Okay, buckle up everyone. This is a huge topic and acne is not just about the impact on our physical appearance so I hope I can address this sensitively, whilst getting the main points across.
Who gets acne?
A lot of patients will develop acne in their teen years, as during puberty various hormones, such as testosterone, surge. 95% of patients with acne are age 11-30. This typically improves over time, however, 3% of patients over age 35 present with acne which may need different treatment than teenage skin. Our genes can influence whether we will develop acne too. If our parents have experienced it, it is more likely that we will too. Smoking has been associated with adult acne so it is always worth trying to eliminate this.
What causes acne?
When there is a change in hormones such as puberty or menstration, or even genetic influences, this can affect how much sebum our skin produces. Sebum is a natural oil which lubricates our hair follicles. We need sebum for healthy follicle function, however, if an excess of sebum is produced, this can block the hair follicle. This, in combination with a build up of dead skin cells, can cause a breakout.
What DOES NOT cause acne?
Hygiene. Do not think that you have developed acne because you are not washing your skin well enough. There are harmless bacteria on the skin which can affect acne presentation, which we can treat, but it is not the cause of the problem. Far too often I see patients using scrubs, washes, creams, serums, and masks to try to exfoliate and clean their skin which creates more inflammation in the skin.
What types of spots do we get?
There are various types of spots we might develop depending on the type of acne present. If the harmless bacteria on our skin contaminates spots, they often turn to papules, pustules and nodules.
Blackheads – black or yellow spots. They are black in colour because they are open and the sebum oxidises and turns black. It is not because of dirt.
Whitehead – look similar to blackheads, but are usually firmer and do not ‘pop’. Whiteheads are when the congested follicle is close to the surface of the skin.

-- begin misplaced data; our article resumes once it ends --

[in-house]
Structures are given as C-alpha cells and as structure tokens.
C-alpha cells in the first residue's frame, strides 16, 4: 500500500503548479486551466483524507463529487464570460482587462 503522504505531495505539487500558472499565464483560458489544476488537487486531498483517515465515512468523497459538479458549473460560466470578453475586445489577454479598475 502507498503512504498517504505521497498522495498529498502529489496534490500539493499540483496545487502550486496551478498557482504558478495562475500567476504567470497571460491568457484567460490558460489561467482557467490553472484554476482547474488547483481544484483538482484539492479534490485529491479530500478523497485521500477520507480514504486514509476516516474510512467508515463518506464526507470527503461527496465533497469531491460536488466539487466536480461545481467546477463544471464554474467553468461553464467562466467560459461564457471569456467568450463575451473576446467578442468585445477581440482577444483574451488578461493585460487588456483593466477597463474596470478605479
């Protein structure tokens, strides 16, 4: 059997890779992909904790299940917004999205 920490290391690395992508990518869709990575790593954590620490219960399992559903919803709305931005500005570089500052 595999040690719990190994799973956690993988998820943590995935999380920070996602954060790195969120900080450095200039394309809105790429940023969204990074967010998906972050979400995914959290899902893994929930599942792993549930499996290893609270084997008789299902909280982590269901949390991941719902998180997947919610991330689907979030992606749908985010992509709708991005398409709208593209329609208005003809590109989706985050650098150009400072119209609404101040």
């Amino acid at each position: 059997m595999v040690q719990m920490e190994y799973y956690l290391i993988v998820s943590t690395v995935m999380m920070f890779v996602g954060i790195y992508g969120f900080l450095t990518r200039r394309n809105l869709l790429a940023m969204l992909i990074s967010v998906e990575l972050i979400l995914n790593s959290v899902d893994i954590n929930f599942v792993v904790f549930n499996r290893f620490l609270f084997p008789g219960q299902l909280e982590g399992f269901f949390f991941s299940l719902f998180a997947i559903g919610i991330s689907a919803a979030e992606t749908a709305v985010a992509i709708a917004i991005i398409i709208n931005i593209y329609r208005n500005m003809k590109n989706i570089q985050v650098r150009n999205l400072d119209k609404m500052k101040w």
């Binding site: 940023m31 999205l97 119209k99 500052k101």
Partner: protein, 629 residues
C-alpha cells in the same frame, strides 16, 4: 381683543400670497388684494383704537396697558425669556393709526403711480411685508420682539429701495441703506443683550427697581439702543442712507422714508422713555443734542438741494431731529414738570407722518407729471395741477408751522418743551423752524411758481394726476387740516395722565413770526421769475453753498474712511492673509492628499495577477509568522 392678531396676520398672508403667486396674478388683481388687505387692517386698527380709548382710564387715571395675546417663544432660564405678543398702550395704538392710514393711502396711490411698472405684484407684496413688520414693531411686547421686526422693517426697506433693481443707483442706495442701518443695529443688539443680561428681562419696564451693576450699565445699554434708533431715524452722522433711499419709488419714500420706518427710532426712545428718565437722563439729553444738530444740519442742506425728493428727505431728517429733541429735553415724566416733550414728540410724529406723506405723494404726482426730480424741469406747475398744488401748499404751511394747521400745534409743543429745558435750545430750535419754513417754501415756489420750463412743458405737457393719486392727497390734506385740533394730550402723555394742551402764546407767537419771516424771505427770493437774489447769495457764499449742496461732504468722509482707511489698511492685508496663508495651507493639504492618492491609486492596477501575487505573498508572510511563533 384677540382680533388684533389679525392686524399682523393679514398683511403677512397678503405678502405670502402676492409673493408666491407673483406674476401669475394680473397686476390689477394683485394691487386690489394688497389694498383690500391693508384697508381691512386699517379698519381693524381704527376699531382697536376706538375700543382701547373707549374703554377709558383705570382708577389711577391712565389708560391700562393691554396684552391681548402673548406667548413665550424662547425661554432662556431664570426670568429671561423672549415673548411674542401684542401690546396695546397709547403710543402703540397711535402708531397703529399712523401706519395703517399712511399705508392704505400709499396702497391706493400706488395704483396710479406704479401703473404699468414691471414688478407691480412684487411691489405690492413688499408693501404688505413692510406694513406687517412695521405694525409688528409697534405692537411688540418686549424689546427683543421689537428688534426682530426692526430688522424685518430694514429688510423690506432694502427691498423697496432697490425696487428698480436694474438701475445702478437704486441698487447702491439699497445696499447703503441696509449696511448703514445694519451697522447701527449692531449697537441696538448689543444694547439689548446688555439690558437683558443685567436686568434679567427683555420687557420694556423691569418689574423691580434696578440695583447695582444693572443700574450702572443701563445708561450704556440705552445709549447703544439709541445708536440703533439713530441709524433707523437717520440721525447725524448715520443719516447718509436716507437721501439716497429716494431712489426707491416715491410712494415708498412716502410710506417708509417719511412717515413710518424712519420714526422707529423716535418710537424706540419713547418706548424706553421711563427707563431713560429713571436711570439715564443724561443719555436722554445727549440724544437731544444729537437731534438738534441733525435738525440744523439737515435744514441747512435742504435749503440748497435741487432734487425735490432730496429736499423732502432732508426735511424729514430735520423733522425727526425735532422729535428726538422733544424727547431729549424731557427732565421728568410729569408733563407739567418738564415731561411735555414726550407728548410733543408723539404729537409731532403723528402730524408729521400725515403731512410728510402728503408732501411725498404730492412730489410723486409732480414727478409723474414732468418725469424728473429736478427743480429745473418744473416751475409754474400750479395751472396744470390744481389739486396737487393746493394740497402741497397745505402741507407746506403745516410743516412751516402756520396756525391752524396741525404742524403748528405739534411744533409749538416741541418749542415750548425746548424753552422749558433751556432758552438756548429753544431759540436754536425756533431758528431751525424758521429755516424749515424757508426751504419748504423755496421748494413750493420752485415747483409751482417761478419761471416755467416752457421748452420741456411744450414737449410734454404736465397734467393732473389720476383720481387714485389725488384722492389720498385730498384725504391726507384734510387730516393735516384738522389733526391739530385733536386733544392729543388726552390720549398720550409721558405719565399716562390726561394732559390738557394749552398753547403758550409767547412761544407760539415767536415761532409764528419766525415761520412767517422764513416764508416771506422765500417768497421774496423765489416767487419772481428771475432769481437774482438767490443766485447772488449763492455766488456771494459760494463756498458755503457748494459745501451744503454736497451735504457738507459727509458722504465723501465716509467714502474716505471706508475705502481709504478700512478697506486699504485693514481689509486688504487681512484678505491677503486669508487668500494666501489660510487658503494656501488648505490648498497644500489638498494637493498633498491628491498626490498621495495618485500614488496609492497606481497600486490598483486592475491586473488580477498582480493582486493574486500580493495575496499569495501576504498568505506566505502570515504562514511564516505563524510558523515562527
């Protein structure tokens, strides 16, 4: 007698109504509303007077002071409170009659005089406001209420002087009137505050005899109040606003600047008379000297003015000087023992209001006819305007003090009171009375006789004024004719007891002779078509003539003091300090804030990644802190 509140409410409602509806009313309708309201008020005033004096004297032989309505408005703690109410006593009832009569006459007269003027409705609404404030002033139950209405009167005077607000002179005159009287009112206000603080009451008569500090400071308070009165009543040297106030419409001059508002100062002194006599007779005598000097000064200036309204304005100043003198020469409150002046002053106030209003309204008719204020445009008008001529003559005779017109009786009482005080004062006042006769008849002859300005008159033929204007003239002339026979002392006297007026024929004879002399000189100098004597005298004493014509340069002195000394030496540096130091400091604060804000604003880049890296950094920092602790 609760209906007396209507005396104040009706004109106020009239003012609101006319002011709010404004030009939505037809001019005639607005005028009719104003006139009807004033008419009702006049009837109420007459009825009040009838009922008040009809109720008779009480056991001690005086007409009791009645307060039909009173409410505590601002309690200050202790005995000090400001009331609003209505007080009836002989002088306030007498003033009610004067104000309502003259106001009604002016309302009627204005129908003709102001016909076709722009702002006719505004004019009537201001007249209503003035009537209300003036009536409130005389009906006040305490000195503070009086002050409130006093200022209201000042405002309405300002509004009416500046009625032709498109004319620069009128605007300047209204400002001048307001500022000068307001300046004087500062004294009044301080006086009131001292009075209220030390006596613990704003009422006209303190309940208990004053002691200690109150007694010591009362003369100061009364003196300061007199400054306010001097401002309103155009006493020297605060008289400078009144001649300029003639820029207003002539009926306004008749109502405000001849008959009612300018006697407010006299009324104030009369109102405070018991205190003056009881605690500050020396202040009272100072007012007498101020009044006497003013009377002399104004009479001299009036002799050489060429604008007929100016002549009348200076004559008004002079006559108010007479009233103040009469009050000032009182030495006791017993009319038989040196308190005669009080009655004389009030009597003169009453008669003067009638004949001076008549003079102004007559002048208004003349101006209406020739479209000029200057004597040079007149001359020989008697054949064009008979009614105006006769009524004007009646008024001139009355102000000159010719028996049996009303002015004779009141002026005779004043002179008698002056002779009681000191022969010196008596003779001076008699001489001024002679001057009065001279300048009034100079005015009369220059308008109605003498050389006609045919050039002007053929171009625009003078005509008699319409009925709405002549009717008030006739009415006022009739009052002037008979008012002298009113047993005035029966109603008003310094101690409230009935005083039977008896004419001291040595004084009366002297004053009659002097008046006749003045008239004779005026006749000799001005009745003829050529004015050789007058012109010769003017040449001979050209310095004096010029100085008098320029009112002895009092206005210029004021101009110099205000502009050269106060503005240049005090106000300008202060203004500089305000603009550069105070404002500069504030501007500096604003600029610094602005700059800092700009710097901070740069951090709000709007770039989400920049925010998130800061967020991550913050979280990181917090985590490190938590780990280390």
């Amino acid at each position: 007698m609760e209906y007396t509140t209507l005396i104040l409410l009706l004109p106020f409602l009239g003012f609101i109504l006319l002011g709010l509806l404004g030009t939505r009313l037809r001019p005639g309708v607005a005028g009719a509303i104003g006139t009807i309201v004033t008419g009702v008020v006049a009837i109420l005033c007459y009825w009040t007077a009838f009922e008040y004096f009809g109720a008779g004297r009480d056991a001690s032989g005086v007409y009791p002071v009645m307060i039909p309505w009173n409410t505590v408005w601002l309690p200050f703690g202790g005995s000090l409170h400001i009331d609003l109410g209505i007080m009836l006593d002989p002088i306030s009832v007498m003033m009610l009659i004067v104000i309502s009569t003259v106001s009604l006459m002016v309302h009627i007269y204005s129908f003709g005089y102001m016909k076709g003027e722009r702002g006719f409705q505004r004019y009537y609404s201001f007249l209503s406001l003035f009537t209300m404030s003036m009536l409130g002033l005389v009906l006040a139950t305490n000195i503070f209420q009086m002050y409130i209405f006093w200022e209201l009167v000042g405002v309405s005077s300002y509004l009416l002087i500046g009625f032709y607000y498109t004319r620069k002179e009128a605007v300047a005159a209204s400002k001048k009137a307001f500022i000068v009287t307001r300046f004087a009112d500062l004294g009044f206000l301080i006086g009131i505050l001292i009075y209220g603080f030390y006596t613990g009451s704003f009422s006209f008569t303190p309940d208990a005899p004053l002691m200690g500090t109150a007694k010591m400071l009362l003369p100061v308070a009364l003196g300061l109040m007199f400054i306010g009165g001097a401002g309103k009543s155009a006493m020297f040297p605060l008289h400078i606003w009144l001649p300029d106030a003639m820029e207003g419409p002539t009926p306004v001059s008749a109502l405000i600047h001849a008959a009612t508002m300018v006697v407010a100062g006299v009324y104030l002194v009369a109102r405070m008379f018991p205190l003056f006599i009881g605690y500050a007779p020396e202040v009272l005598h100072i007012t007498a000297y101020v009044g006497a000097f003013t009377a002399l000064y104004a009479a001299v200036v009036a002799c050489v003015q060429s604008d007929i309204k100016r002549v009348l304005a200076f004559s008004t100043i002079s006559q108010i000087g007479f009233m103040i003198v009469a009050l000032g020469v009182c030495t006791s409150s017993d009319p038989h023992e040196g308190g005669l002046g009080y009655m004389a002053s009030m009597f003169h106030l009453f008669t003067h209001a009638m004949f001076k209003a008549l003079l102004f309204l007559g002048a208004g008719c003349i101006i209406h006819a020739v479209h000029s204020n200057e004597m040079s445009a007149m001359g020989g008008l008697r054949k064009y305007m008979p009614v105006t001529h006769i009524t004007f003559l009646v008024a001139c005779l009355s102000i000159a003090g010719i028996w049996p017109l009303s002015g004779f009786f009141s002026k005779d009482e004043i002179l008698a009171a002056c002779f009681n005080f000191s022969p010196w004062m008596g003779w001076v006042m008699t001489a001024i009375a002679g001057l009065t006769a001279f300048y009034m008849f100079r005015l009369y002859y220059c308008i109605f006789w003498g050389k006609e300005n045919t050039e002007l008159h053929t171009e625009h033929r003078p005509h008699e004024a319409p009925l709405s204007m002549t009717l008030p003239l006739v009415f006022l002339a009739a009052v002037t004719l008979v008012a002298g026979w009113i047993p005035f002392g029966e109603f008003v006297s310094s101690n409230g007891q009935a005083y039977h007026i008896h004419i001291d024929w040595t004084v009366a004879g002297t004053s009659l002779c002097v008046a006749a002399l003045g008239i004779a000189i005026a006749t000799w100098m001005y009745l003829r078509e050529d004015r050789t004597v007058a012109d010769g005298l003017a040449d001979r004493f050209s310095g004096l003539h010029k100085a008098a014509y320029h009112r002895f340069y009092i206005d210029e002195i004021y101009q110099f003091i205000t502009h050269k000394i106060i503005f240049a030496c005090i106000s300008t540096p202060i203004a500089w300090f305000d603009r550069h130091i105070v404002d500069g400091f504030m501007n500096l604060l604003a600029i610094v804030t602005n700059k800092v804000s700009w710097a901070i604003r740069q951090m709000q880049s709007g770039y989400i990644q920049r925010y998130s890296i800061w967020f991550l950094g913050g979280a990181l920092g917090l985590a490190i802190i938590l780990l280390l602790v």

Papules – these are small red bumps that usually feel painful
Pustules – similar to papules but have yellow pus in the middle
Nodules – large hard spots that build up beneath the surface of the skin and can be painful
Cysts – These are large spots that look similar to boils but contain pus and are most likely to cause scarring
What can you do?
Firstly, never pick the spots. This increases the risk of forcing bacteria deeper into the pore which causes increased inflammation, irritation and scarring. Secondly, if your acne could be caused by a hormone imbalance and you have other concerns such as irregular periods, weight gain, then I would advise you discuss this with your GP to check any underlying health conditions. Treating the cause can help with treatment.
After a thorough consultation, we can identify if we are able to help you. Some of the treatments we are able to use are home skincare such as retinoids, benzoyl peroxide, and salicylic acids. We are also able to use some professional treatments such as chemical peels which target acne prone skin. There is no quick fix but with commitment we can try to improve the skins appearance and reduce long term affects. Treatment for acne usually requires medical grade skin care, not cosmetic, so seek advice from the correct practitioner.
In addition, it is important to seek advice if you are feeling low in mood because of the appearance of your skin. Having acne can really affect your confidence and it is crucial to talk to someone to find coping mechanisms.
If you are struggling, please contact us to find out how we can help and support you,